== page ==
One last trend…I really wanted to show you this one! I don’t usually like metallics. I had a fully striped metallic strapless evening gown that I wore one time to a fancy gala when I was about 17. The dress didn’t fit me very well, it was tight. So I could feel the seams actually ripping and unraveling. It was itchy and uncomfortable and so I think that experience has scarred me for life against metallic fabrics! But shinny stuff is fun, so when I found this metal stud collar, I knew I could make it work. I have made it so it is detachable and it can be worn with other stuff! Love it.1-lanvin-spring-2016-rtw_metallictrend

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Day 155

June 3rd, 2016

Ruffles…but not the potato chips.


Outfit: V neck shift grey dress with ruffle hem, worn under black dress worn forward. Black chunky boots, steam punk earrings.


Ok, so, thus far I’ve illustrated the following points:

 #1: Look for something in your own wardrobe that works as a trend. Day 152, Stripes.
#2:  Incorporate an aspect of the trend, like texture. Day 153, Lace.
#4:  Do not copy the trend ‘as is’ adapt it to fit your style, Day 154, Slip dress

The only point left is #3: Buy only one item per season that is trendy.

The item I am showing you today is probably the one where I would go out and purchase something to exemplify this trend. Only because I feel that the styling of the ruffles showed is a little more frilly and soft than what I have available and what I’m showing you. I might have gotten a georgette shirt with small floral print. Or maybe a scarf that has ruffles in it. Regardless, I would only go out and get one trend per season, so I would make sure that it is the one I like the most.6-j-w-anderson-spring-2016-rtw_rufflestrend
3-balmain-spring-2016-rtw_rufflestrend

I don’t mind the outfit that I put together today. In fact I like the ruffle on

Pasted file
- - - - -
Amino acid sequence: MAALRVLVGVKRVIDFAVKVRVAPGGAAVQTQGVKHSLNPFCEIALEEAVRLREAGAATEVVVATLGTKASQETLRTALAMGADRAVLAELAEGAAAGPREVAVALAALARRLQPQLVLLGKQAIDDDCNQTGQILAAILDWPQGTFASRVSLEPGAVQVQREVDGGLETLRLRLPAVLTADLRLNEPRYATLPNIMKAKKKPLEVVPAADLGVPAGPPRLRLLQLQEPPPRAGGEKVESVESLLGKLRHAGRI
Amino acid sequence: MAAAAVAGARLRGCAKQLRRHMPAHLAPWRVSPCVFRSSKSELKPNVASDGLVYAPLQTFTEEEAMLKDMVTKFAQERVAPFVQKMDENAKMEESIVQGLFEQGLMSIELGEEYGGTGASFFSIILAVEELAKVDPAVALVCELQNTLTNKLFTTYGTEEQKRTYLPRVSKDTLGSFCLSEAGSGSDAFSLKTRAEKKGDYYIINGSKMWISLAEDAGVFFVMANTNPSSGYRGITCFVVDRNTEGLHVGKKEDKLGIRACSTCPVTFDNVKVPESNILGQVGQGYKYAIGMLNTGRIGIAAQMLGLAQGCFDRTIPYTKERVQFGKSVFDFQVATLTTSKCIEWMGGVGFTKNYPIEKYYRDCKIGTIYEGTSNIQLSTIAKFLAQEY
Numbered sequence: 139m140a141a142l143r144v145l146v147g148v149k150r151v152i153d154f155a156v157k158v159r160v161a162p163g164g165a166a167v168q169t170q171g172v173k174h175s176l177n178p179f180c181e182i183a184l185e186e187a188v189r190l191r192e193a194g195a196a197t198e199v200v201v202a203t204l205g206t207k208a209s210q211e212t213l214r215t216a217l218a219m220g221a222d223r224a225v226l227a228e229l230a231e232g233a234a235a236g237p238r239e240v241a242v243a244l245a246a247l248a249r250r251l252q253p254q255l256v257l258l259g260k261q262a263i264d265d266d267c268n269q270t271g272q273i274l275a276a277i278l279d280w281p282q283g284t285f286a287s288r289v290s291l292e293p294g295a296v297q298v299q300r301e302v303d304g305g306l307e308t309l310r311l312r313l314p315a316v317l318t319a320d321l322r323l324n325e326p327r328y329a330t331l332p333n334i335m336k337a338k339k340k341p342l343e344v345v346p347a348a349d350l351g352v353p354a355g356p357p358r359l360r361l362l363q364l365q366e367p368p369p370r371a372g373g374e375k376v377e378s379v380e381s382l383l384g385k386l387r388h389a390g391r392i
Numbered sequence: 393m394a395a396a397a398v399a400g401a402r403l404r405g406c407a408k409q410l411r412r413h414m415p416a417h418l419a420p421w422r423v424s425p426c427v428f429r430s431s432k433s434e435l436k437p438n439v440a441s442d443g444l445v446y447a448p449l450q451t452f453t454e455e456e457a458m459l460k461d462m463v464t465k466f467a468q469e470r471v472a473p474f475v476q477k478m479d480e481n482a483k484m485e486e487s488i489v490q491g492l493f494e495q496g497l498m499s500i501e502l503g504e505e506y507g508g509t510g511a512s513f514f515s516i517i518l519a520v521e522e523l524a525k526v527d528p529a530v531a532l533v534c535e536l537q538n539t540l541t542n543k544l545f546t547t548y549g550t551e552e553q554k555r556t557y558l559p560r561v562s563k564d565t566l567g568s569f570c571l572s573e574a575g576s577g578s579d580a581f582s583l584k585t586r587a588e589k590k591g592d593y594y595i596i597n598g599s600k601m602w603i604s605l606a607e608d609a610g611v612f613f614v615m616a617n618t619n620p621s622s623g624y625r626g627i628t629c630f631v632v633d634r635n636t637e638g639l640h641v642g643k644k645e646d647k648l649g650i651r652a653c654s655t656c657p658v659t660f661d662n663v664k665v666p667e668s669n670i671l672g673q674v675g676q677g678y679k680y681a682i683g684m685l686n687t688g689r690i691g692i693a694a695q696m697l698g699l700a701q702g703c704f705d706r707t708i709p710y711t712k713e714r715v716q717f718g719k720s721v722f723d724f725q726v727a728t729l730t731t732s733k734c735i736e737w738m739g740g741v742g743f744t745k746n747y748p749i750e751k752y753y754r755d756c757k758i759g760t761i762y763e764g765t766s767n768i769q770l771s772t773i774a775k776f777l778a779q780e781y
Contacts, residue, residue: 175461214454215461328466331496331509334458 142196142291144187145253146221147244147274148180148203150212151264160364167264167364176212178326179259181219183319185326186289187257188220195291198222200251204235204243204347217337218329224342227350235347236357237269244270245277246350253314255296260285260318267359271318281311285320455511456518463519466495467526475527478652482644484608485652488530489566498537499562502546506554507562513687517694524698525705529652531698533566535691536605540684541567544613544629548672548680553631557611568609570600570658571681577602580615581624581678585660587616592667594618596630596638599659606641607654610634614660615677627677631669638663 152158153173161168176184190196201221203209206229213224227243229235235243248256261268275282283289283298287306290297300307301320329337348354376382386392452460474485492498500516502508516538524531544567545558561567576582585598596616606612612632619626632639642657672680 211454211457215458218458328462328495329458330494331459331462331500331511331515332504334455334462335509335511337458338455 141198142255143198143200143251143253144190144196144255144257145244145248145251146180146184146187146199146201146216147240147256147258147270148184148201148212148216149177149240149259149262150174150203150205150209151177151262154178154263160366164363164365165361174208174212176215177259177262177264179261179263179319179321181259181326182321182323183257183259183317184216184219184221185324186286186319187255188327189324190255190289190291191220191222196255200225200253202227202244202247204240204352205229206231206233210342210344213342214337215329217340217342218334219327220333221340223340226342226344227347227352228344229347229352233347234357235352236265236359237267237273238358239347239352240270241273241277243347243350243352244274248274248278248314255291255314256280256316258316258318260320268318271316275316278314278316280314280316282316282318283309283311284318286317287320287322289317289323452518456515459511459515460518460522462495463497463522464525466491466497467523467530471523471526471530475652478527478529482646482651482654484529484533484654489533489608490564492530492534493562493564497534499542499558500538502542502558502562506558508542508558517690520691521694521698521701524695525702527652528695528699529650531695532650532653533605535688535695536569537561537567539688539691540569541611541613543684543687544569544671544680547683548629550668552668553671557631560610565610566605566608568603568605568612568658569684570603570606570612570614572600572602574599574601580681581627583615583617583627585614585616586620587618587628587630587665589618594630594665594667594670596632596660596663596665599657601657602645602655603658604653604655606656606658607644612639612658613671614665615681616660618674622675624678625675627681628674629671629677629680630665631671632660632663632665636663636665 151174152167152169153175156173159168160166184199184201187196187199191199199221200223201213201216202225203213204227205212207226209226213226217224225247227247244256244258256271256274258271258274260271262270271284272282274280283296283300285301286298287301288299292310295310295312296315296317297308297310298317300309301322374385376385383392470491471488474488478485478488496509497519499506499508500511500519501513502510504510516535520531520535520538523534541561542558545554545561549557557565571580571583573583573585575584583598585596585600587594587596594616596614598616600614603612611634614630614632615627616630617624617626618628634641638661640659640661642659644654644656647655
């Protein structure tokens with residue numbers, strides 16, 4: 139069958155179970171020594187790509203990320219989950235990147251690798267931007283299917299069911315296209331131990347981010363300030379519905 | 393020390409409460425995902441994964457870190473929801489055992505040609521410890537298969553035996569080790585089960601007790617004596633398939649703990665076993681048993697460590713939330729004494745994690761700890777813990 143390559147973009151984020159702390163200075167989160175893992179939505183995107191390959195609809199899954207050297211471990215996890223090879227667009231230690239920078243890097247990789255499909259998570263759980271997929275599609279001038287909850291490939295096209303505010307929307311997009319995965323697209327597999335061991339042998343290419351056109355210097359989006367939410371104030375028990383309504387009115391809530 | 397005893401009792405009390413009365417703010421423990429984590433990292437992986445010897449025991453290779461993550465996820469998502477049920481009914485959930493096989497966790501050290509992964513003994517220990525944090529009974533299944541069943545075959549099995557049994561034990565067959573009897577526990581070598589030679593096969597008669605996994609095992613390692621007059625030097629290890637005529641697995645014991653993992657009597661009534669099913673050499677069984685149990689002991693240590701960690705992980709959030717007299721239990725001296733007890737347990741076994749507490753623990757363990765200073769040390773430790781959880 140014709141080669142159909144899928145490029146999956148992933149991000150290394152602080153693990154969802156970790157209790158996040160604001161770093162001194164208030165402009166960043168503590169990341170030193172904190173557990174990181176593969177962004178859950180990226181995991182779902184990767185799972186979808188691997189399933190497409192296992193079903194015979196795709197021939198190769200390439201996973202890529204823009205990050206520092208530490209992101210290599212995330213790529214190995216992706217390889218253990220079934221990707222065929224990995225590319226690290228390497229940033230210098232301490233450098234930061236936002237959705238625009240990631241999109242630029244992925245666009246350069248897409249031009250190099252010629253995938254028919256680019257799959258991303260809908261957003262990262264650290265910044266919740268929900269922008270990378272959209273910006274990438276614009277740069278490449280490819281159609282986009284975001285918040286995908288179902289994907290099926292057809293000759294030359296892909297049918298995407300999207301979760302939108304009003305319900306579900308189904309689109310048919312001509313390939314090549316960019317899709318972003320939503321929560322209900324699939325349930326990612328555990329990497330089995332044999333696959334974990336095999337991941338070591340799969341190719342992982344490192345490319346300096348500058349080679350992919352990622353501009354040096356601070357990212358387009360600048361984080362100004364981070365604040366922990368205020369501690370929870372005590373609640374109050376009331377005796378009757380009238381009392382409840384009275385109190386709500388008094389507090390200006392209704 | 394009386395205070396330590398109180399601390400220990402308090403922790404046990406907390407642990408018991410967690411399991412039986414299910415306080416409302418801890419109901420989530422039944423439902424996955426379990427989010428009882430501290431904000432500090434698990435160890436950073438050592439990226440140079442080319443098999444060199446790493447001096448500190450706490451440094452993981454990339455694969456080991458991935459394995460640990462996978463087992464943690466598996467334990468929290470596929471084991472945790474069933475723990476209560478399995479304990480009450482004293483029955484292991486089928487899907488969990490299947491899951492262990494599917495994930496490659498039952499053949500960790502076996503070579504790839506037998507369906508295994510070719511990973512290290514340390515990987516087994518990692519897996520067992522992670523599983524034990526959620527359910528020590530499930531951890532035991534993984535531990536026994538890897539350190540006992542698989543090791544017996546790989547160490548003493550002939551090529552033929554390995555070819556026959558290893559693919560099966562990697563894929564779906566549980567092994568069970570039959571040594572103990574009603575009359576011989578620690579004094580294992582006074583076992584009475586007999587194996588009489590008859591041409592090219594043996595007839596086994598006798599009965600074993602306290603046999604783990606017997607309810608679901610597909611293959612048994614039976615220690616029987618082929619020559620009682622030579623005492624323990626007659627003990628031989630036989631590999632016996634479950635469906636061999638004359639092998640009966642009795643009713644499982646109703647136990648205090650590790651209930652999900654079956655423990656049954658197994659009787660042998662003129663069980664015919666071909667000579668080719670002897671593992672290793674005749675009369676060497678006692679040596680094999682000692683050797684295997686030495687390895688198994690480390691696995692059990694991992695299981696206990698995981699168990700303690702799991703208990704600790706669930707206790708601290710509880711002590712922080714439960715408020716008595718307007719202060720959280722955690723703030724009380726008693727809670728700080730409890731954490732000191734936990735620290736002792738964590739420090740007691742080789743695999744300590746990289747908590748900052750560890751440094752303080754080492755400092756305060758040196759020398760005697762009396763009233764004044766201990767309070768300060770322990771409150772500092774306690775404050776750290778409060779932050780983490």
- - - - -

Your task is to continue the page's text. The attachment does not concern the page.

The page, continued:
this dress. When I first cut it, I had intended to make it a simple shift dress with a straight hem, but as I was about to sew it, I decided it needed something else, hence the ruffle.

It has taken me from various special celebrations, to work to dinner out, so it has a bit of classic with a bit of flare. Wearing it with boots today, simply takes it to a different place, just for kicks!

 

 

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Day 154

June 2nd, 2016

The slip dress…how exactly do you wear this?


Outfit: Black dress worn backwards, over a black slip cut on the bias. Black sash, steampunk earrings, black heels.


jennifer_slipdress
Jennifer Garner in “13 going on 30”

This turned out to be one of my favourite looks to translate a very specific trend into something that even I can wear. The slip dress is not new by any means; simply a rehashing of the 90’s look brilliantly exemplified by Jennifer Garner in the movie “13 going on 30”. I’ve said this before, but if Jennifer can ‘barely’ pull this look off (and I say barely because the woman could wear a sack of potatoes and still look amazing), then what chance do I have to pull a slinky, shinny-show every imperfection-clingy-staticky dress?